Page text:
The field of wild foods, first popularized by Emil Gibbons in the 1960s, has been languishing from neglect. For a field with such a lot potential, wild foods stay a mystery when nearly fifty years of books on the topic. People buy books and try to study the subject but come away with little real understanding or useful knowledge. In addition to lack of information, there is a disconnect between what is said about these plants and what real-ity seems to serve you, the reader. Pleasant dining experi-ences are few.
Anyone will write a book on wild foods, and almost anyone has. The effort to help the reader in plant identification is sort of as dangerous. Cryptic technical descriptions have little meaning for the layperson.Line drawings of plants typi-cally aren’t helpful unless the reader already is aware of the plant.
Photograph-based identification guides are hold-overs from wildflower guides. Wildflower guides are con-cerned with flowers at the neglect of other parts of the plant. Plants are complex organisms that change shape as they grow, often with variable leaves, stems, and over-all form. Many species have more than one form, so a single photograph gives you only a fraction, a small clue, to identifying a plant. Many wild food guides are nothing more than catalogs of plants with no real detail written by authors who have never experienced what they are writing about.
Edible Wild Plants Wild Foods From Dirt To Plate (pdfhive.com)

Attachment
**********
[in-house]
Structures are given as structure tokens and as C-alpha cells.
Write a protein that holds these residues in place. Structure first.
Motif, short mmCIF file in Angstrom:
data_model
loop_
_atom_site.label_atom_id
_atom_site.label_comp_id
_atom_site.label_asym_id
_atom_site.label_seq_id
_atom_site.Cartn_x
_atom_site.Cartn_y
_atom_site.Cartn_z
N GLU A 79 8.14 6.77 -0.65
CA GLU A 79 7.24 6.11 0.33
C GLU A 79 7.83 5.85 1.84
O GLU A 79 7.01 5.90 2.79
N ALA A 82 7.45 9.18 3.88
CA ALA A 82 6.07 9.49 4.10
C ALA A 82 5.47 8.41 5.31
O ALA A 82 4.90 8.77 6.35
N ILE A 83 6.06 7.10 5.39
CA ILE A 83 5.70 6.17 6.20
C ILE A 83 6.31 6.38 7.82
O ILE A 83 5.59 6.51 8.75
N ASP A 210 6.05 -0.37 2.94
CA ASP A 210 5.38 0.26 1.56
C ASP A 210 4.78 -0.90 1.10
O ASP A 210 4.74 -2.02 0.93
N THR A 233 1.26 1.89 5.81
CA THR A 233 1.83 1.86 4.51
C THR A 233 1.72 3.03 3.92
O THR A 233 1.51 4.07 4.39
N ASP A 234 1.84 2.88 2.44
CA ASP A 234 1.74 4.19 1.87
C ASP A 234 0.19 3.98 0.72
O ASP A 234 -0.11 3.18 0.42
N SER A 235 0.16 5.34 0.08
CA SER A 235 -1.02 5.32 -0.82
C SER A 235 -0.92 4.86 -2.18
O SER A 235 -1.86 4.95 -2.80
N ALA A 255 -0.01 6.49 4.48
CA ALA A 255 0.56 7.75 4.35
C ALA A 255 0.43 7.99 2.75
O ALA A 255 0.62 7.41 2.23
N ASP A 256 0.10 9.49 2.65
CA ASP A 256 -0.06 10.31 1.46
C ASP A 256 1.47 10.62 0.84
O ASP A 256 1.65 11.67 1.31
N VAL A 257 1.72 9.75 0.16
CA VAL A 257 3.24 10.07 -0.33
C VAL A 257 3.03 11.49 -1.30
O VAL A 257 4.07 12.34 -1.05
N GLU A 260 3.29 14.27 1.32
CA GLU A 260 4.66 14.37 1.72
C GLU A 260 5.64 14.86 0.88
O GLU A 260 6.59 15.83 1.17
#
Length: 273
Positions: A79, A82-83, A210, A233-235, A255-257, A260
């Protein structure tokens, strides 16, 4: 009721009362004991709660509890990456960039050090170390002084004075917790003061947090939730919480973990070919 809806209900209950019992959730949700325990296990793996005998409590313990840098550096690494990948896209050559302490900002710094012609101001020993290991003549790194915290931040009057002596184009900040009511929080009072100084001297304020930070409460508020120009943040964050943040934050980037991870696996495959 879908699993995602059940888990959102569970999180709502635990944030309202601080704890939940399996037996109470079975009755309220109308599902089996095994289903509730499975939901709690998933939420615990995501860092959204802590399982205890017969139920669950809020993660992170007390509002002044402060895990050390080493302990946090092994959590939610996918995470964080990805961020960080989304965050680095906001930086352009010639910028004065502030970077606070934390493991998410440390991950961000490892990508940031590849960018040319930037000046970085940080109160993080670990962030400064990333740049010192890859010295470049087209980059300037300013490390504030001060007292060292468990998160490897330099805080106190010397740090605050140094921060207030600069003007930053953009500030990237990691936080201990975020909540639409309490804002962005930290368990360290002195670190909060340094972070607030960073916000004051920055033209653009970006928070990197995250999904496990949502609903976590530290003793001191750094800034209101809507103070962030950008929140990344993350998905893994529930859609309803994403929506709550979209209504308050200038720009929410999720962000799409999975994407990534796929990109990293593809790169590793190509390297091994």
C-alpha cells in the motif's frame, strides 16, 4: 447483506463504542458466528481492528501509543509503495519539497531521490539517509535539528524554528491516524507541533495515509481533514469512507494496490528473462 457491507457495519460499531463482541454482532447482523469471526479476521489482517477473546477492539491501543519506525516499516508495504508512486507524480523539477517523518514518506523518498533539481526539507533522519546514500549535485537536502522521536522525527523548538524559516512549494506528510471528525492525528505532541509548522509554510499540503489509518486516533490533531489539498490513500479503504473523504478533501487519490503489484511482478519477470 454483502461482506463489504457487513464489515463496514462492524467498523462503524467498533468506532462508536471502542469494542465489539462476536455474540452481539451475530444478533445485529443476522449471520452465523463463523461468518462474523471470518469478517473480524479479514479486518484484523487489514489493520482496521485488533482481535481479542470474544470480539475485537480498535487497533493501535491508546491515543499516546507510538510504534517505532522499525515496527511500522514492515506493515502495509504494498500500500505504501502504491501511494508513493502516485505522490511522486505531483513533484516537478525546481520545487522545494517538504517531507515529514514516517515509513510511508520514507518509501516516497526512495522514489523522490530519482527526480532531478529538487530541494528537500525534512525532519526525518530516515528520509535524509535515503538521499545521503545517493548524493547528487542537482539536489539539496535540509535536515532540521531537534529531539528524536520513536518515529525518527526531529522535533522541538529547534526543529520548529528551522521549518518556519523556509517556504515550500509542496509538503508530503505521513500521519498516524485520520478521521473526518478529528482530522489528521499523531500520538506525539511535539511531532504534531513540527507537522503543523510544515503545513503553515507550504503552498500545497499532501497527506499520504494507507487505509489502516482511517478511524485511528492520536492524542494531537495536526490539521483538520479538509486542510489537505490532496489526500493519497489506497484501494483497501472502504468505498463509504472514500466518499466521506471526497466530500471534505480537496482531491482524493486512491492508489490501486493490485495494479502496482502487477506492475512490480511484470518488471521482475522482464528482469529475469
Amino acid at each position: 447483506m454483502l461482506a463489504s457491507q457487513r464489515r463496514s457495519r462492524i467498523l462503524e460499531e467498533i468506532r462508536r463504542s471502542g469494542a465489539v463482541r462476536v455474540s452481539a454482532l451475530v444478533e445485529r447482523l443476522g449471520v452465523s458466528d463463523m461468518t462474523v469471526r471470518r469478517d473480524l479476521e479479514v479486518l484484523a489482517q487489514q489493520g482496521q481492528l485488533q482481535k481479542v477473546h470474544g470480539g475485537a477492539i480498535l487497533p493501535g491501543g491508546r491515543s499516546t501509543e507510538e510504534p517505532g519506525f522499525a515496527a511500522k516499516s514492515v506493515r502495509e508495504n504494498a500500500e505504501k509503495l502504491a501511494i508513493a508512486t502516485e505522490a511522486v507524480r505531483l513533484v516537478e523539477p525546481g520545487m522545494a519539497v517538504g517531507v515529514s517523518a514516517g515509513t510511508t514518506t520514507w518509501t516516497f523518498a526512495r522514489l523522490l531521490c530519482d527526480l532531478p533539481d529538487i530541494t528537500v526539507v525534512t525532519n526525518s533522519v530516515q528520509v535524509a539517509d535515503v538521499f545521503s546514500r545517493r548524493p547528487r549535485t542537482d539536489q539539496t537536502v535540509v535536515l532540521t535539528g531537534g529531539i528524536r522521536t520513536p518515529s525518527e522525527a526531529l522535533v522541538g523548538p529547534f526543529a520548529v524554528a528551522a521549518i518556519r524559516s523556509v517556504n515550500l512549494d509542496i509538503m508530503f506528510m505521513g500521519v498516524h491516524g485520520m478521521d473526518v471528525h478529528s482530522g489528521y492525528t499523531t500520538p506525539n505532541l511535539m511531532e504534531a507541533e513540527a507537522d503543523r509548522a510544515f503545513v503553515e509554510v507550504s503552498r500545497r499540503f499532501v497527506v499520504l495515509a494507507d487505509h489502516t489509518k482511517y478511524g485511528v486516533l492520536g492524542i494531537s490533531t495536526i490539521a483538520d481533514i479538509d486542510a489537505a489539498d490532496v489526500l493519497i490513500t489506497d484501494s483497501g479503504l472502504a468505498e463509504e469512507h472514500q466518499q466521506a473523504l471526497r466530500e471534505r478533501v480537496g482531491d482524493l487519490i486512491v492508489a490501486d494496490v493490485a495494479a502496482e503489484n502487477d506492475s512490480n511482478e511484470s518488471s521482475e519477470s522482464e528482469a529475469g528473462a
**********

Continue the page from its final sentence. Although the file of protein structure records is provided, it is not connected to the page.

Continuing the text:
By successful I mean that with time you will be able to identify the plants I cover, understand how to get the most out of than, and have satisfying culinary experiences as result of your efforts. And that is the point, isn’t it? lb go from the wild to something your taste buds recognize as good food. I love wild foods. the whole idea of eating from the wild, the joy of being outdoors and being closet to the earth, and the adventure of the whole experience.
Given all that, I do not sugarcoat what you need to know. When something I’ve read about wild foods is disingenuous or misleading, or doesn’t seem to work. Eli let you know. If some taste or texture of something people might have eaten in the distant past is beyond what anyone would find acceptable today. III let you know. So if you’ve been dissatisfied with books you may have read on this topic—those that have too few photographs or not enough information to be useful—then read on.
My goal is to make wild foods user-friendly, rewarding, and fim. This bookie designed as a user manual. It is written from the perspective of a area ptofessional in the area of wild foods. Not merely a field guide or a cookbook, it is intended to take you deeper into the secret world of plants.
Each plant’s dear photographs are used to show you its develop-ment at all stages of growth. Processing techniques are dearly illustrated. Foundational ways to prepare each food are given within a context that will allow you to improvise recipes. ibis manual is. in essence, a reverse field guide. It provides the means to learn identification directly from read-ing the chapters.
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